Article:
Transport is the largest CO2-emitting sector in the UK, responsible for 27% of emissions. Even with the production of Lithium-Ion batteries and electricity needed to power them, EVs are significantly better for the environment than ICE vehicles.

Given the UK’s current electricity mix, carbon emissions from EVs are about 30% less than conventional fossil fuel cars – and almost negligible when charged using renewable energy, such as that produced by Mer owners Statkraft.


Cost of Ownership

Consumer demand for increased range and lower prices has led to a multiplying range of EV models, covering all budgets and needs.

Prices range from £16,850 for a new Smart Fortwo EQ to more than £150,000 for the Mercedes-AMG EQS-53.

And although EVs are still comparatively expensive, this is largely due to the cost of manufacturing battery-packs – a cost that is falling all the time. In fact, if the price to produce batteries continues to tumble, EVs could be cheaper than petrol and diesel cars for consumers by 2027.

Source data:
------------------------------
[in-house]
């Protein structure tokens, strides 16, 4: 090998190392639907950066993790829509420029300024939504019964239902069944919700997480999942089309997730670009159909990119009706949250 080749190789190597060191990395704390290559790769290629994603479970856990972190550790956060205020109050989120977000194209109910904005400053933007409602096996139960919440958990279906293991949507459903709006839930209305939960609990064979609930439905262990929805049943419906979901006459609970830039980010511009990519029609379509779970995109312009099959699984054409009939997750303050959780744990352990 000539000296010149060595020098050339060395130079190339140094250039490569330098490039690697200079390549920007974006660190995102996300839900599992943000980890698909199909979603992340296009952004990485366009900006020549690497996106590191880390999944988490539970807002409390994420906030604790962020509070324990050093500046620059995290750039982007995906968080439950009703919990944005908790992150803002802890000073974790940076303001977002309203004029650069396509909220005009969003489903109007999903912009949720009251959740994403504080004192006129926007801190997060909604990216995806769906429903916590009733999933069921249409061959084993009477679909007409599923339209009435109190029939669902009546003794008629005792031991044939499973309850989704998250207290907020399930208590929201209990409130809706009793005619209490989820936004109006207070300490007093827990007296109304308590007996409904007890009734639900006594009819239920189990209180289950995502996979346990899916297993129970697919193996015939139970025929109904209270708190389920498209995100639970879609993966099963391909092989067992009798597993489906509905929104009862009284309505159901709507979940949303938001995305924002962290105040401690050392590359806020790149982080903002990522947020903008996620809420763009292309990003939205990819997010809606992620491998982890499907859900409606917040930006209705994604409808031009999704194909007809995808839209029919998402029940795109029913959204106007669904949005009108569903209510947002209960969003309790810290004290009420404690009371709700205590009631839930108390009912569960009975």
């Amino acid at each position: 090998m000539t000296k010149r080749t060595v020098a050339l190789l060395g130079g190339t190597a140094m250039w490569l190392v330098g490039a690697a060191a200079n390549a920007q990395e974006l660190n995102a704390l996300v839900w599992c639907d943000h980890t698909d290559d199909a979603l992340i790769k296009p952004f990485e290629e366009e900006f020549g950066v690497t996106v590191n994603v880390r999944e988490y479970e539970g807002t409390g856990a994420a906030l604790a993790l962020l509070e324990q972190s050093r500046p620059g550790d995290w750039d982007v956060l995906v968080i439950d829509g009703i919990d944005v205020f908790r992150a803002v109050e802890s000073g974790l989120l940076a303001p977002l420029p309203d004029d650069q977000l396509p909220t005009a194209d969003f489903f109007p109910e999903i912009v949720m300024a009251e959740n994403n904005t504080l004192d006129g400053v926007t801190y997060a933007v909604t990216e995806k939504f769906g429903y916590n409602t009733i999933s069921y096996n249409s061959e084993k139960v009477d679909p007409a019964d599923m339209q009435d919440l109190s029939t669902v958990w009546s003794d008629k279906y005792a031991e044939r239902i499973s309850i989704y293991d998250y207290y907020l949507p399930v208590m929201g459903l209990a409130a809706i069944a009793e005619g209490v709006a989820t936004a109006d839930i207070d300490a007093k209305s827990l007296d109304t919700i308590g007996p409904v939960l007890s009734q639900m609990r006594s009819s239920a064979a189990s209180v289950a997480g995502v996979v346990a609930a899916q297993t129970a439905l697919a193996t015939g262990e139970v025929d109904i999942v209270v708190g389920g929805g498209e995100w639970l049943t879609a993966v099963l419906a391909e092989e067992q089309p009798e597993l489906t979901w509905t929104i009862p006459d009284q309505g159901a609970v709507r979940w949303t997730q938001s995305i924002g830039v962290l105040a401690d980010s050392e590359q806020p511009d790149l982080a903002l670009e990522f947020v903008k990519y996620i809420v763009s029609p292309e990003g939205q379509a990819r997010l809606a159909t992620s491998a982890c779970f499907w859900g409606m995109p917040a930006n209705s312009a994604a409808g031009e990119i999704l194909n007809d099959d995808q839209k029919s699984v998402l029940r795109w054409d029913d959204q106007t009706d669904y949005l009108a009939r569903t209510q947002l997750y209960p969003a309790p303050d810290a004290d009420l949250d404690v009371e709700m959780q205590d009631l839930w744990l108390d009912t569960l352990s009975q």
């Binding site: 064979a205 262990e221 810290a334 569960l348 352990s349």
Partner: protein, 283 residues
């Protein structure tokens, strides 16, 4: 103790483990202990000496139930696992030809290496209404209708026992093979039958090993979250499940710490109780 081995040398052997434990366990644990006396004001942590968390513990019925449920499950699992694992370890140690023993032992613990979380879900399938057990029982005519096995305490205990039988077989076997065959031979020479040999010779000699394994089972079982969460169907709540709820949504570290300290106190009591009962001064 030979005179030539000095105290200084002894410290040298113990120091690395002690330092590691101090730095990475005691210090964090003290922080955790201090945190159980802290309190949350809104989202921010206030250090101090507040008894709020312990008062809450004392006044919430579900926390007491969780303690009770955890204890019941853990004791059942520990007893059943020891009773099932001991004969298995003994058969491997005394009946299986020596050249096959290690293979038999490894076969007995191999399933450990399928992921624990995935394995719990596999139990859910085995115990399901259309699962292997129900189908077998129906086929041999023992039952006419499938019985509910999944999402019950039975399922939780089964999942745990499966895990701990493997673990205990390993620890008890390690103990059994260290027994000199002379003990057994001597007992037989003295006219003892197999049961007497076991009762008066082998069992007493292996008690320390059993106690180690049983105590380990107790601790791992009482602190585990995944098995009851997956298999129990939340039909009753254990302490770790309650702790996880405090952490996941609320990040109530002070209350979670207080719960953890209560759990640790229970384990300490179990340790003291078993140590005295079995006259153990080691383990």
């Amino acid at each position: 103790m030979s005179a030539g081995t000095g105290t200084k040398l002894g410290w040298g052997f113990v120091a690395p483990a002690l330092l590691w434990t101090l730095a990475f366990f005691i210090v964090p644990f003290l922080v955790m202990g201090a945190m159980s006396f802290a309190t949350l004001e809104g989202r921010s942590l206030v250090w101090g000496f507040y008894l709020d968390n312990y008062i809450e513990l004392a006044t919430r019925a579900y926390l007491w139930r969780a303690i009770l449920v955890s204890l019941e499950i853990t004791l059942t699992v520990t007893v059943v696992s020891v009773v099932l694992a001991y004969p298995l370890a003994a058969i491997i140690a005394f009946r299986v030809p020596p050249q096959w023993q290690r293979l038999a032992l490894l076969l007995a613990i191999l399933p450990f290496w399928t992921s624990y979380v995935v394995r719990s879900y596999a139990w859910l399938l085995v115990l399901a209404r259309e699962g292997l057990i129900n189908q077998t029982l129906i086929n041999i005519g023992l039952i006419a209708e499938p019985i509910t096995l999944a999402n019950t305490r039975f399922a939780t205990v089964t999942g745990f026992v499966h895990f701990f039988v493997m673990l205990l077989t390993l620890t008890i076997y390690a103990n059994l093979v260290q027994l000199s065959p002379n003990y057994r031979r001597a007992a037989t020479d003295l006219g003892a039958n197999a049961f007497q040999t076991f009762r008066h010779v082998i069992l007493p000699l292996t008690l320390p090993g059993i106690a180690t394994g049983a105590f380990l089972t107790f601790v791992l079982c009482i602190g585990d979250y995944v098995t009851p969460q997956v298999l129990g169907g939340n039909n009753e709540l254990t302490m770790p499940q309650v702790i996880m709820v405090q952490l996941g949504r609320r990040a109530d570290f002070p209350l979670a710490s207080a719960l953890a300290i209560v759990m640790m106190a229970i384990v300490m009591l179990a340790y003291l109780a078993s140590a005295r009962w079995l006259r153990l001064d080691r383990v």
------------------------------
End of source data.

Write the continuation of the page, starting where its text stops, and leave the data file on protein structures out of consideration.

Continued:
guide to buying electric vehicle

Once bought (or leased) the cost of running an EV is generally cheaper than petrol and diesel cars, due to a range of factors such as lower refuel costs, cheaper maintenance, and a raft of grants and exemptions.

Taking these into account, Direct Line has calculated the annual running costs for EVs to be an average of £1,742 (or £33.50 a week) compared to £2,205 per year (£42.40 a week) for ICE vehicles – making EVs 21% cheaper to run

Let’s look at some of these a little closer here:

  • Cheaper to refuel – It’s estimated that fully charging an EV at home will cost just a few pounds – significantly less than filling up with petrol and diesel. Although costs vary using public and rapid chargers – and there are reductions for signing up to  charging networks like Mer’s – refuel costs are still around a tenth of that for ICE vehicles.